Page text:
(B) Using Metals Other Than Aluminum -- this is my personal choice. I cast a few parts out of Aluminum, then switched to a Zinc-Aluminum alloy (called Zamak, among other things).
Several reasons. (1) Zinc melts at MUCH lower temperatures, in the 700-degree range vs. 1,400 degrees for aluminum. (The common zinc-aluminum alloys also melt in the 700 degree range -- even though aluminum needs a higher temperature to melt, it's actually DISSOLVED in the zinc -- just as common table salt, with a VERY high melting temperature, DISSOLVES in room temperature water....).
This means you can melt zinc alloy over a propane flame -- like a barbecue or gas stove. Note: I would NOT recommend doing it on your kitchen stove. I've done this, but then you have to carry a 700+ degree pot of molten metal through your house and outside to where you have the mold. (If you try to pour molten zinc inside your house, you're insane -- just *melting* it inside is crazy enough.)
(2) Zinc alloys don't shrink nearly as much as aluminum -- so you can basically make a part prototype the size you want it to be, without calculating in shrinkage; and (3) Zinc alloys are nearly as strong as steel, in many respects.
WARNING -- the BIG drawback to zinc is this: THE FUMES ARE TOXIC. If you breathe a lot around melting zinc, and inhale a lot of the fumes, you're going to be very, very sick, and possibly die.
Now -- with lots of ventilation, and doing things outside, I understand it CAN be pretty safe. After all, gasoline fumes are toxic; so are toluene, turpentine, etc. -- and we're not utterly terrified of them. Just use some caution, mmmm'kay? And - read up on it a little.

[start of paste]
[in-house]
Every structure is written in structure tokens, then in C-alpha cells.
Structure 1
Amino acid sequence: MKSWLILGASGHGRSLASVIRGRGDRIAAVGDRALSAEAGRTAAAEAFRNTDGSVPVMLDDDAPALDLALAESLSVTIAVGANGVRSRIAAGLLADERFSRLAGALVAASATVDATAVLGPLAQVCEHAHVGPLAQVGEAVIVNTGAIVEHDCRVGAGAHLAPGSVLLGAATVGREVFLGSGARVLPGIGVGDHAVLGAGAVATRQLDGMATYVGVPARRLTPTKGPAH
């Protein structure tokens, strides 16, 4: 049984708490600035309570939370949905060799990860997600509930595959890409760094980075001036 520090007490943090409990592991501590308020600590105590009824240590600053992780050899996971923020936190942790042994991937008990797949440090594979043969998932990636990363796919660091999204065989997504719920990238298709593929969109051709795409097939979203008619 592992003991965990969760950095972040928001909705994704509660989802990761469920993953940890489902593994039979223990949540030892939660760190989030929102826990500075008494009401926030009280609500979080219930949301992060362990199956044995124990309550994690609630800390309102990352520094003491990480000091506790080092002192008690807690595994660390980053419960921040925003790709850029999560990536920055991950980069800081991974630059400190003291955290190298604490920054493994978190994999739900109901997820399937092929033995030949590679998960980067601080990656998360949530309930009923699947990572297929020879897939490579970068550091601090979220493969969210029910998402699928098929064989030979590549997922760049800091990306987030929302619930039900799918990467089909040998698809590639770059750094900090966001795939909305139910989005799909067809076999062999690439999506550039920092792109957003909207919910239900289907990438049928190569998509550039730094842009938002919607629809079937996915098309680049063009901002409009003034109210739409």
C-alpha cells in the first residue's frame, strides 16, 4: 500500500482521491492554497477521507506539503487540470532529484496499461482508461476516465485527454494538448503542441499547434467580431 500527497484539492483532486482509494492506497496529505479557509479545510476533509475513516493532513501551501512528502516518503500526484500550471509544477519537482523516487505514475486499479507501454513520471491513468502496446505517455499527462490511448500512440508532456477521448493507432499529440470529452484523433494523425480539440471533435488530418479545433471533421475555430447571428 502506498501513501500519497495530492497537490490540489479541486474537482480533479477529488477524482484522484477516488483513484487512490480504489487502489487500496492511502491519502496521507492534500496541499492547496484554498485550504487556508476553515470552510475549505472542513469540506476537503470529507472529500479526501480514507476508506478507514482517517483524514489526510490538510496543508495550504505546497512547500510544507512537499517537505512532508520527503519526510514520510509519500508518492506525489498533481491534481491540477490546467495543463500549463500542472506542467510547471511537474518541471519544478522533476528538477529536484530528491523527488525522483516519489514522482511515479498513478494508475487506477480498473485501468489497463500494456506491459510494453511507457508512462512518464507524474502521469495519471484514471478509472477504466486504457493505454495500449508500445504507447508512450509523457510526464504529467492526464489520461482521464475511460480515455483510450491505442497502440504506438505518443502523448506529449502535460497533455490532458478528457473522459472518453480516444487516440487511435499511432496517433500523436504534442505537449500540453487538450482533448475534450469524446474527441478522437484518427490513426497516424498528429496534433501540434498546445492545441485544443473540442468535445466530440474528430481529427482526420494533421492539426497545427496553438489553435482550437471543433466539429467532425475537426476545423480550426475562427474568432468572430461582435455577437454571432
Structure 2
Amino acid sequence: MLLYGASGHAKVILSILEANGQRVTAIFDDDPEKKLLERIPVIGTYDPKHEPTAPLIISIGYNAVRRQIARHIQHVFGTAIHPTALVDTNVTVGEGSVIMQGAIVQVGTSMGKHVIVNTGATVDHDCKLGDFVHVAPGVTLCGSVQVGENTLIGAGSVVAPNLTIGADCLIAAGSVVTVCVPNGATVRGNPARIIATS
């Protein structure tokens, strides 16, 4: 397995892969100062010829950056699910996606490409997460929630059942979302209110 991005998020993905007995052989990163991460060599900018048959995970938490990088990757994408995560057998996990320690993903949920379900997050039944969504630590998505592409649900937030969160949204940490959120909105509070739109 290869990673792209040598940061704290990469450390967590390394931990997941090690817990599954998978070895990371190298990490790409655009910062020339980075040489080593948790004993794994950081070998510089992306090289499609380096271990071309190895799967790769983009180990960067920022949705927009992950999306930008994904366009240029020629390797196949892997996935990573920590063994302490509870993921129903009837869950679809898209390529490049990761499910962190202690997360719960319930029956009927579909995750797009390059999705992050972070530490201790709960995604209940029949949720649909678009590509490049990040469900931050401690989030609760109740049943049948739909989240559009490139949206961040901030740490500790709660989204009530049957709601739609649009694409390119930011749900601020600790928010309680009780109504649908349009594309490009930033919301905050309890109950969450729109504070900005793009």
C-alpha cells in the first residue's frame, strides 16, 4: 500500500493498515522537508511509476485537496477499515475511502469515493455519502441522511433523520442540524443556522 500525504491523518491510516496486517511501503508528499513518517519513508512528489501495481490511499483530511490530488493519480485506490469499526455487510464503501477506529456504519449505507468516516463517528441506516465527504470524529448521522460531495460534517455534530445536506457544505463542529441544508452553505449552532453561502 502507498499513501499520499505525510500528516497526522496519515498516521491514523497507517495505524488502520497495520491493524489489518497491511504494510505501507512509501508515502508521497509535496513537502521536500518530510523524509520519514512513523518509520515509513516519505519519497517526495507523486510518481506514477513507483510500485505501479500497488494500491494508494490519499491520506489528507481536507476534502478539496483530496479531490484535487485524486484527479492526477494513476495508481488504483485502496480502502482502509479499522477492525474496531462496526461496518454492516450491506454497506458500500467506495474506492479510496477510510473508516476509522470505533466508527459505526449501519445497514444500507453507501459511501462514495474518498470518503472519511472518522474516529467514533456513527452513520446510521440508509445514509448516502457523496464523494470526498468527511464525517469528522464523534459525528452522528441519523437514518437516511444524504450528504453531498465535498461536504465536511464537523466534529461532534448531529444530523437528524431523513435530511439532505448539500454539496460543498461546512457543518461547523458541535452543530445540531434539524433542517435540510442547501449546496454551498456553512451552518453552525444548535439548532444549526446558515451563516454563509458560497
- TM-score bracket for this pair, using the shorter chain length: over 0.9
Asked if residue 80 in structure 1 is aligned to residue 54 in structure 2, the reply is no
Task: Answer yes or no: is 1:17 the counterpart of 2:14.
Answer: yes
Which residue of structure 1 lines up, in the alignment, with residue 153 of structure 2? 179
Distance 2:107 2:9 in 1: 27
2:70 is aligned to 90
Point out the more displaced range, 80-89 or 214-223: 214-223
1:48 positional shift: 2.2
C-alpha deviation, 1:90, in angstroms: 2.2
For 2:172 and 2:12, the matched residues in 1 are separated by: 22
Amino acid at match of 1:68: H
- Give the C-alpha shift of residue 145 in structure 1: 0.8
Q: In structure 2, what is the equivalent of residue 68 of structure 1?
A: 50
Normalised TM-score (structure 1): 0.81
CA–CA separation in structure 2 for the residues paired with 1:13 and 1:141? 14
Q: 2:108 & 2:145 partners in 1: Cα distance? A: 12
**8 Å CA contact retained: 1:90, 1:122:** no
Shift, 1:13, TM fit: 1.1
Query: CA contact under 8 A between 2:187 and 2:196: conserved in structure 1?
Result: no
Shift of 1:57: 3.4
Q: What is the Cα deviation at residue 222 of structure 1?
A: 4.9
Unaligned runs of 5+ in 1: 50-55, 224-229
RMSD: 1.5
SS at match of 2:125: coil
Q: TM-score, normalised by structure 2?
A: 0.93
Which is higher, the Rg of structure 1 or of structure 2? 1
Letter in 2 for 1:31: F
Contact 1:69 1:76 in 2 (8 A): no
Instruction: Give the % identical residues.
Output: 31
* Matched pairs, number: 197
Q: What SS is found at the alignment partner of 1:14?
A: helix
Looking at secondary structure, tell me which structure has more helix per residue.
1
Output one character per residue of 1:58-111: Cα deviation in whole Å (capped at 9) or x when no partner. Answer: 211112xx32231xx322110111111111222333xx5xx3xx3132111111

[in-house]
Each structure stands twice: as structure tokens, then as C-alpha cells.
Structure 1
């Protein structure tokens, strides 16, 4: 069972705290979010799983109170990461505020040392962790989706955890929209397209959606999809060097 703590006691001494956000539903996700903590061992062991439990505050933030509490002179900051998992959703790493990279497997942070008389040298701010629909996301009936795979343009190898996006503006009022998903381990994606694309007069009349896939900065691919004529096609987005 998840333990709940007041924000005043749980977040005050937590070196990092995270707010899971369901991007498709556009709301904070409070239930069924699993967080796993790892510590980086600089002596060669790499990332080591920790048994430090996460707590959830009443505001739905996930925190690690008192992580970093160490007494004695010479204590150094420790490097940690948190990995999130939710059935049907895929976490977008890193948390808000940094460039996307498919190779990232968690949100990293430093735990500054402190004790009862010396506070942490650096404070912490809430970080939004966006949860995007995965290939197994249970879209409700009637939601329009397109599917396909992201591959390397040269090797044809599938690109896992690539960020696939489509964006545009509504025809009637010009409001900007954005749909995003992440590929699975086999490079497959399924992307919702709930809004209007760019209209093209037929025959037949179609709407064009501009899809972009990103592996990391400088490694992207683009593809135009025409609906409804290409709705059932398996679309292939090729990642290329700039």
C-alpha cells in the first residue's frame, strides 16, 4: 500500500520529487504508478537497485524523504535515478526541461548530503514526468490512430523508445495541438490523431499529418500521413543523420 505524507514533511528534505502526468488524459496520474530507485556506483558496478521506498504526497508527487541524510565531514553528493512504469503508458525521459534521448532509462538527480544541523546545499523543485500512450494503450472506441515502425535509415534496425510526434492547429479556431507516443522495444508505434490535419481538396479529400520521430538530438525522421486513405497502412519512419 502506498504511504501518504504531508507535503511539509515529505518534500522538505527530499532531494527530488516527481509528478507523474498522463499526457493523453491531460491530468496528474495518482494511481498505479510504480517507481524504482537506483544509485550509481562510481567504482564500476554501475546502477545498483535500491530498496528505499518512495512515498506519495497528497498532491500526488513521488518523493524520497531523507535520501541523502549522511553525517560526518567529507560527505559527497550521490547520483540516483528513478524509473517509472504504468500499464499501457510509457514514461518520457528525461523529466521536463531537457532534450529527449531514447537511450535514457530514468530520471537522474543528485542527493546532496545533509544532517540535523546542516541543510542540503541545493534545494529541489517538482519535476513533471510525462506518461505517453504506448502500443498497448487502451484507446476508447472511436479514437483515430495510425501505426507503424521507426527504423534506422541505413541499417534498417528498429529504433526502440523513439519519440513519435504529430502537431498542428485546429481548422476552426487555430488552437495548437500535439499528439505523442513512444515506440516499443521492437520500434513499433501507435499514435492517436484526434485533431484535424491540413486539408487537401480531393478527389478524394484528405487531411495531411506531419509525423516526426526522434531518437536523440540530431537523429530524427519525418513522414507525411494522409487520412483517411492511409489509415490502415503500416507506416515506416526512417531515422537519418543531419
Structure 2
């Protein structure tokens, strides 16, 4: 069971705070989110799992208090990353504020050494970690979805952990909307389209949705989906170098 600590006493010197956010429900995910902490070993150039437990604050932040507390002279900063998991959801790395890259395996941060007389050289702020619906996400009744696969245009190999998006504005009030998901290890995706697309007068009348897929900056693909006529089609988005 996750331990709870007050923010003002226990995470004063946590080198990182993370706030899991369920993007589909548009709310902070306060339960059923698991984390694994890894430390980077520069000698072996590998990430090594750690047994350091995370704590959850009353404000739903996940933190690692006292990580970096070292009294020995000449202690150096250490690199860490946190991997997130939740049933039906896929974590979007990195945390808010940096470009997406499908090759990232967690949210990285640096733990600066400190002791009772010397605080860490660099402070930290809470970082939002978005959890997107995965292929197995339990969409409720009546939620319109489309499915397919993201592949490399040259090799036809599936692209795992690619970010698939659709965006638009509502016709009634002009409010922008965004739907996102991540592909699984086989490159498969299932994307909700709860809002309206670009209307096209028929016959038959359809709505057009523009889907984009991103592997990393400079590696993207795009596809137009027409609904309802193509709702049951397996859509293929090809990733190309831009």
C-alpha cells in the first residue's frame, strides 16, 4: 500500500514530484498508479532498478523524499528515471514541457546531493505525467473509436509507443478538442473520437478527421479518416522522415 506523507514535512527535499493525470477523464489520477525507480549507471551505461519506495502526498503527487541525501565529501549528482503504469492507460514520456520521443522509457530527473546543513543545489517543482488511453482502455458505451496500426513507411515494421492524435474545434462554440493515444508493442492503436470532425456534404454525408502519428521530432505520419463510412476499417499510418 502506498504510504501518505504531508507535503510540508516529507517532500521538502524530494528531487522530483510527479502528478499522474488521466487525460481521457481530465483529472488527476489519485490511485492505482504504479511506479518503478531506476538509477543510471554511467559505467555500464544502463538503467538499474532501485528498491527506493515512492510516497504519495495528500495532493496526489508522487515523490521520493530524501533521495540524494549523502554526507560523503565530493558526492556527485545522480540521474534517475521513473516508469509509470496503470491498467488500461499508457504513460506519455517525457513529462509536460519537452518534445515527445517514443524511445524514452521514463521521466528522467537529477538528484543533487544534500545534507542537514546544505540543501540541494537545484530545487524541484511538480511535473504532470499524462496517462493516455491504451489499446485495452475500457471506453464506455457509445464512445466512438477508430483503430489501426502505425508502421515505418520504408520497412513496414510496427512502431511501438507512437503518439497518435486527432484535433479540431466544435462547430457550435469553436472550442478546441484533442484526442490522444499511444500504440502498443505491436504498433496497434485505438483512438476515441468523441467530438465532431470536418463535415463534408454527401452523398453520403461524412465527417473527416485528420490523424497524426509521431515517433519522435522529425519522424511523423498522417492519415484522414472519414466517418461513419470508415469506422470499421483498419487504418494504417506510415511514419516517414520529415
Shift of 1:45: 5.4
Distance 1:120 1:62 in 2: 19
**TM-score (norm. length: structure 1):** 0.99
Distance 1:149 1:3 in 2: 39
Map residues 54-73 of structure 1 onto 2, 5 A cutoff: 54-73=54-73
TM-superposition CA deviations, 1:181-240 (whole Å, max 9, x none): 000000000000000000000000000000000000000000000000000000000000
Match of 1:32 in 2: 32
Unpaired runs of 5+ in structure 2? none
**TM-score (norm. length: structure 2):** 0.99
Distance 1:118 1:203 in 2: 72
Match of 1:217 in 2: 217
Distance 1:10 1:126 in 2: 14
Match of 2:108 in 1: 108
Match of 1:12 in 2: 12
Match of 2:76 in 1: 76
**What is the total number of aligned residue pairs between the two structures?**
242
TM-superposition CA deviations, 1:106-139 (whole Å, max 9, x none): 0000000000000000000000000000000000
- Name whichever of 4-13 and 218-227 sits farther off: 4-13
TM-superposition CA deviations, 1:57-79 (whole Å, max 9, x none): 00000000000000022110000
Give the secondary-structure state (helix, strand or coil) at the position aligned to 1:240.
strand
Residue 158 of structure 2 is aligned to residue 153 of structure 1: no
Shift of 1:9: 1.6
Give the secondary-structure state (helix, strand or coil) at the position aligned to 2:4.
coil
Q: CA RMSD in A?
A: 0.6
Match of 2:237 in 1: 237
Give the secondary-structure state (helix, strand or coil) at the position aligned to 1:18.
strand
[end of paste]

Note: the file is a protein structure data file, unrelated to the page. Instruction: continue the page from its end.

One last note -- it's not the most economical source of zinc, but it's kind of fun, especially for small parts: you can simply use pennies. Since 1982, pennies are mostly just zinc. Look at http://www.gizmology.net/stovetop.htm for more information. Seems to me it's about 2x as expensive as what I can buy scrap Zamak for, around here, but sometimes for small parts it's just easier.
That's all for now -- on to making the lathe!
Step 3: Make the Bases & Bed
I'm casting the parts with a zinc-aluminum alloy, instead of the aluminum called for in The Orange Book. Several reasons: (a) it melts at roughly 740 degrees F, which you can hit on a gas range; (b) it doesn't shrink much at all, and (c) it's fairly close to as strong as mild steel. Cost me about US$1 a pound (.454 kilos) at a nearby foundry company. (For curious folks - it's ZA-12.)
Legal warnings & such: Zinc fumes are reasonably toxic, I hear. Do NOT melt zinc without serious ventilation and several college degrees in chemistry. I'm an idiot, and if you try to do this stuff following my descriptions, which are NOT good directions, you'll probably die. I'm not kidding. You're responsible for your own life and safety -- I'm not.
Step 4: The Bed
I almost succeeded. ;-)
The casting has a yucky spot in the middle (that's technical jargon, for you non-metalheads) - but that's not a problem -- it's easily filled with this miracle stuff called FastSteel I get at the Big Orange Home Store. I also like JB Weld, which'll fix anything duct-tape won't. Nay, the problem is that, somehow, the mold flexed slightly as I was carrying it, and the *%@! bed is just slightly curved up at both ends - about a millimeter or two. Sigh. Much filing/grinding to do.
Here are shots of the pattern for the bed, above the bed casting; and then the bases and bed together.
Step 5: The Carriage
The top part blew out a bit - I patched it up with that miracle FastSteel epoxy-stuff again. (Note: you can drill and tap FastSteel -- the package says so, and my experience agrees. BUT - you cannot centerpunch it. Well, you CAN - but it'll break all over the place. Finally, there's a good chunk of solid metal under the epoxy to really hold the threads. ;-) Also, I gotta fix that green paint - yuck. (Turns out you really ought to use a metal primer before paint, even though I'm using engine enamel.)